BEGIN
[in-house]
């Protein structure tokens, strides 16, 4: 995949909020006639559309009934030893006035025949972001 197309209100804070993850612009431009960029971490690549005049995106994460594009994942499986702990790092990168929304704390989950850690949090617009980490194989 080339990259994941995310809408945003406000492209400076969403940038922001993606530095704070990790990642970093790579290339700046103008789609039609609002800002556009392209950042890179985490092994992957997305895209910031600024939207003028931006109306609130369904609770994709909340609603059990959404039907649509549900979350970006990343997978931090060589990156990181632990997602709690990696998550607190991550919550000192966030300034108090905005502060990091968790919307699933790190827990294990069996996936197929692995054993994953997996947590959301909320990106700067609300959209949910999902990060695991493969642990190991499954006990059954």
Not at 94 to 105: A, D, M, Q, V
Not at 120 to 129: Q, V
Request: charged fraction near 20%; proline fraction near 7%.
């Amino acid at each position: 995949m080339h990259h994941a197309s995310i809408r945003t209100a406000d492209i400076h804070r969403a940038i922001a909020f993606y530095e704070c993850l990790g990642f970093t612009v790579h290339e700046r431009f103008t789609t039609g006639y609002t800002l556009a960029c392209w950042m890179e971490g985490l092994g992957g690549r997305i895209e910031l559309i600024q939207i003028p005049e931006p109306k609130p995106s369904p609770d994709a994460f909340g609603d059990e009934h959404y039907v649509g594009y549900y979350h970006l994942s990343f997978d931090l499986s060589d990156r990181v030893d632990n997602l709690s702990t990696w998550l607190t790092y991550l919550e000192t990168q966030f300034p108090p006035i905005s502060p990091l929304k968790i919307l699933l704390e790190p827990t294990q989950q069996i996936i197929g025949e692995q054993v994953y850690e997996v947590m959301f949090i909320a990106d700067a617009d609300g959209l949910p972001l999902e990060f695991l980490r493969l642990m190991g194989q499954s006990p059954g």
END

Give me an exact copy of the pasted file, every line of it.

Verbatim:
[in-house]
């Protein structure tokens, strides 16, 4: 995949909020006639559309009934030893006035025949972001 197309209100804070993850612009431009960029971490690549005049995106994460594009994942499986702990790092990168929304704390989950850690949090617009980490194989 080339990259994941995310809408945003406000492209400076969403940038922001993606530095704070990790990642970093790579290339700046103008789609039609609002800002556009392209950042890179985490092994992957997305895209910031600024939207003028931006109306609130369904609770994709909340609603059990959404039907649509549900979350970006990343997978931090060589990156990181632990997602709690990696998550607190991550919550000192966030300034108090905005502060990091968790919307699933790190827990294990069996996936197929692995054993994953997996947590959301909320990106700067609300959209949910999902990060695991493969642990190991499954006990059954």
Not at 94 to 105: A, D, M, Q, V
Not at 120 to 129: Q, V
Request: charged fraction near 20%; proline fraction near 7%.
């Amino acid at each position: 995949m080339h990259h994941a197309s995310i809408r945003t209100a406000d492209i400076h804070r969403a940038i922001a909020f993606y530095e704070c993850l990790g990642f970093t612009v790579h290339e700046r431009f103008t789609t039609g006639y609002t800002l556009a960029c392209w950042m890179e971490g985490l092994g992957g690549r997305i895209e910031l559309i600024q939207i003028p005049e931006p109306k609130p995106s369904p609770d994709a994460f909340g609603d059990e009934h959404y039907v649509g594009y549900y979350h970006l994942s990343f997978d931090l499986s060589d990156r990181v030893d632990n997602l709690s702990t990696w998550l607190t790092y991550l919550e000192t990168q966030f300034p108090p006035i905005s502060p990091l929304k968790i919307l699933l704390e790190p827990t294990q989950q069996i996936i197929g025949e692995q054993v994953y850690e997996v947590m959301f949090i909320a990106d700067a617009d609300g959209l949910p972001l999902e990060f695991l980490r493969l642990m190991g194989q499954s006990p059954g």